2 August 2021

GPs keep the rollout rolling

Comment COVID-19

Greetings from the bunker.

I know, I know – our Victorian colleagues will tell us – “that’s not a lockdown! I’ll show you a lockdown!” But from where we sit, here in Sydney, in our homes, alone with our Uber Eats and Netflix – it is as bad as we want to get.

In one sense we, as GPs, are lucky. We still get to go out to work, we need to physically show up at the office. We can’t just wear a good shirt and pyjama bottoms. We cannot rely entirely on Zoom. We are essential workers – and I’m not sure about you but, at our practice, we have never been so busy.

Of course, the major contributor to this busyness is we’re giving COVID vaccines – both of them AstraZeneca and Pfizer. Like so many other practices around Australia, we enthusiastically embraced our chance to be part of the solution.

We all did the tedious online training, got the extra fridge, established the protocols, trained up the receptionists, printed off the consent forms, checked the list of potential side-effects and established the clinic appointment lists.

And it’s working. As much as it often feels like chaos, it is very much organised chaos and we’re powering through lists and feeling like we are really making a contribution. While I am giving my share of the jabs, all the credit for the organisation of the clinics, the supplies and the logistics goes to the practice manager, the practice nurse and the receptionists. It has been a huge effort and very much a team effort – and an effort that we all feel is worthwhile – from the young junior receptionist taking patients’ temps as they enter the practice to the most senior doctor managing 42 Pfizer jabs in four hours.

But before you start to feel nauseated at my seeming self-satisfaction, the point I really want to make is how the experience of our little practice must be the same as thousands of other  practices around Australia.

More than 5000 general practices around the country volunteered to be covid vaccine distributors. I know, in my own PHN here in Sydney, there are at least 73 practices giving both types of vaccines.

They must have all negotiated the many challenges associated with this undertaking, and made it work to suit their own particular set-ups. Their phones, like ours, must be ringing non-stop every time ATAGI comes out with a new recommendation about timing or eligibility of vaccines!

I know of practices erecting tents in carparks, arranging after-hours clinics, employing extra staff, all to ensure we get as many people as we can vaccinated as soon as possible to end this miserable pandemic. All the rules concerning informed consent, social distancing and the 15-minute post-vaccination supervision have had to be incorporated into the different logistics of each individual practice.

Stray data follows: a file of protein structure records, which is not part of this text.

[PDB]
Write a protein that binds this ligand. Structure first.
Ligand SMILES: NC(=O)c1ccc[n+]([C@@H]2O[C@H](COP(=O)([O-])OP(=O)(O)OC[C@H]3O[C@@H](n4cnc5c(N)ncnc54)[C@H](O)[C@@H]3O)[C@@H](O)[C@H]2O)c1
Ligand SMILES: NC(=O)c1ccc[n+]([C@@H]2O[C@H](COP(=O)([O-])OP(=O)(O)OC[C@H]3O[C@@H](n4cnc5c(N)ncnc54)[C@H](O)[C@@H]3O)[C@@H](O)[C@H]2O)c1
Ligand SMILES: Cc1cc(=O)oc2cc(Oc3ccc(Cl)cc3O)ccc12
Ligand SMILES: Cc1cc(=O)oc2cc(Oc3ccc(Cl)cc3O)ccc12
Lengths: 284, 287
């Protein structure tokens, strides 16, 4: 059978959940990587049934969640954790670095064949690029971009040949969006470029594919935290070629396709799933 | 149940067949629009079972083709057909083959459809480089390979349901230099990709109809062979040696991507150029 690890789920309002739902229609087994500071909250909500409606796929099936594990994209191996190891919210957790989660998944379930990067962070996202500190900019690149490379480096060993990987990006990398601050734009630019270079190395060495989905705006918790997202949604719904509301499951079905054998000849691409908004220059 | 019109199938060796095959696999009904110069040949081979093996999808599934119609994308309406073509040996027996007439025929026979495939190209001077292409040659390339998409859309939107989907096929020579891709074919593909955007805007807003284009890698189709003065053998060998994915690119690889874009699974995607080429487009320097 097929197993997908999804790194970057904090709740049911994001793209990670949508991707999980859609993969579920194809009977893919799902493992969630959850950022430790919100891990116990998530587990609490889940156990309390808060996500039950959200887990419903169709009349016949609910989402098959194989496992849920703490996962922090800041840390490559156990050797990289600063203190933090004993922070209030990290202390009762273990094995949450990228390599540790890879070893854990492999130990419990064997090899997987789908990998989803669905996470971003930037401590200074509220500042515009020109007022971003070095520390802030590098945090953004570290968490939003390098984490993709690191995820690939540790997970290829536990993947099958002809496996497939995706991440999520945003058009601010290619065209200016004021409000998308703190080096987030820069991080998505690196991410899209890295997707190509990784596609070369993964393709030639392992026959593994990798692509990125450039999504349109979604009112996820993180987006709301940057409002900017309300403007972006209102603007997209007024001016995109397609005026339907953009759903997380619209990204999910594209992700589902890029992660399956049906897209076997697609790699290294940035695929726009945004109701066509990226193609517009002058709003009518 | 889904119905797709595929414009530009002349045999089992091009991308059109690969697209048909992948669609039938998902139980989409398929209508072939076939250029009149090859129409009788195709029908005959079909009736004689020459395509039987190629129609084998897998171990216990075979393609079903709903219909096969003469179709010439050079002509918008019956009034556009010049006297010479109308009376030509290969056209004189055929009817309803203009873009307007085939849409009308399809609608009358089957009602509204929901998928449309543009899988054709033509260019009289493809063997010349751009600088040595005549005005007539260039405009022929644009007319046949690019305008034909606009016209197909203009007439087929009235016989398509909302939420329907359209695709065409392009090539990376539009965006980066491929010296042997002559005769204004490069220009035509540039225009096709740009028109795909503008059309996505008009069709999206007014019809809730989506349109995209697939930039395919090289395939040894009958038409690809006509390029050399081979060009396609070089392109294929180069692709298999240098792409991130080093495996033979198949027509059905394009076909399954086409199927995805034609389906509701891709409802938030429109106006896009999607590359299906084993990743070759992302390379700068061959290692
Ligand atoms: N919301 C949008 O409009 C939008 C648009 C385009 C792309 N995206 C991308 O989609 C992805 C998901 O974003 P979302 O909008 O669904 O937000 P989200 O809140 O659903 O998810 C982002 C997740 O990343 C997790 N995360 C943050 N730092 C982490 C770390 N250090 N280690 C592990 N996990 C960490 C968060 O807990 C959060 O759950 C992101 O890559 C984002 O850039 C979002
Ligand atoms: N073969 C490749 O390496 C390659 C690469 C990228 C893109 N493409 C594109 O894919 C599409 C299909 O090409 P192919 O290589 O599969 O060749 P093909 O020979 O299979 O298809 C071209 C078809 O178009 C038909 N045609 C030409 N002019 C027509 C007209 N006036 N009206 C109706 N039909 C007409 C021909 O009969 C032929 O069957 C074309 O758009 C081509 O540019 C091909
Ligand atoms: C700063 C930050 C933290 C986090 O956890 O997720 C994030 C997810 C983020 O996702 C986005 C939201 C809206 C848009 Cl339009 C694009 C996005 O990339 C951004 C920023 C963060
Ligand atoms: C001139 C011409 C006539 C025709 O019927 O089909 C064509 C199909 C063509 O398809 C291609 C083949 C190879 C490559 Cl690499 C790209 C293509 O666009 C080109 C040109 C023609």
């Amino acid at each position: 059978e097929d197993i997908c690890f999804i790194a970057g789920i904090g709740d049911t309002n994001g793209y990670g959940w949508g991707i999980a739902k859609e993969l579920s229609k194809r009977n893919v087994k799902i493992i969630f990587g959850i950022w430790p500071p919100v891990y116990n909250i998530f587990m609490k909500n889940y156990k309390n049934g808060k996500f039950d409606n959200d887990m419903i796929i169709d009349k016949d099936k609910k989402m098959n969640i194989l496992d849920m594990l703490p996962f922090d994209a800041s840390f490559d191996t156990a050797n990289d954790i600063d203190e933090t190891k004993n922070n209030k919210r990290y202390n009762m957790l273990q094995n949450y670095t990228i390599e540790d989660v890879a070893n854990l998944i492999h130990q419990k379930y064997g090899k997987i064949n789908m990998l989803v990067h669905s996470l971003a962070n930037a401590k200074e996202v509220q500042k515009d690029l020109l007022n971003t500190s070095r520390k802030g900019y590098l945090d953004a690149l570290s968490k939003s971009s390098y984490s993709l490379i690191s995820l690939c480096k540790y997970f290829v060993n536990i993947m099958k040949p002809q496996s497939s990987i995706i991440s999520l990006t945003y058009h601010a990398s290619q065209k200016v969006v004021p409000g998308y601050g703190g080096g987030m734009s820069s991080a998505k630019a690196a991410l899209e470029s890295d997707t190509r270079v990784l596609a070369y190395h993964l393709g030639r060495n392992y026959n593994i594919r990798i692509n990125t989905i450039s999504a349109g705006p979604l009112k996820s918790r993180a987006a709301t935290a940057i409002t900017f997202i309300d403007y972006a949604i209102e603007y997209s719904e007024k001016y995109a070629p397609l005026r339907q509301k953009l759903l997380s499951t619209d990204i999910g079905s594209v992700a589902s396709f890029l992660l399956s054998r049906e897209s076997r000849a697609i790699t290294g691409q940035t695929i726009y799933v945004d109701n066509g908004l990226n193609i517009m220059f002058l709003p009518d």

And what the powers-that-be need to remember is that we weren’t sitting around twiddling our thumbs before this vaccine rollout came along. All these changes have been, and continue to be, in addition to our day-to-day busy clinical practices.

It has been huge! And it has been vital.

Looking at the NSW Health website just now, it appears that since the 22nd of February this year, 3.9 million doses of covid vaccine have been given by NSW Health (up to July 25), of which 2.4 million have been administered by GPs.

I know it’s not a competition but that’s pretty impressive, don’t you think?

Remember at the beginning of all this, when all the focus was on the emergency ward and intensive care staff? How there was, quite rightly, this overwhelming sense of appreciation for all the efforts of these frontline workers. We are not putting ourselves at the same degree of personal risk as these health professionals did, but in terms of effort in fighting the pandemic, as a specialty we are right up there.

Let’s face it: general practice never gets the recognition is truly deserves. So many of our wins, in terms of public health, are in what doesn’t happen as opposed to what does. We reduce the number of heart attacks, hospital admissions, suicides, unwanted pregnancies, diabetic complications, just to name a few.

Maybe, just maybe, this current vaccination rollout and all the effort involved in making it happen by the nation’s GPs might prove the catalyst to improving our profile not only among the general public but also in the upper echelons of government.

Appreciation was never our specialty’s chief motivator in getting involved with the COVID vaccination program but, given our contribution, it would seem a reasonable expectation, yes? Appreciation and perhaps even … a modicum of recognition.

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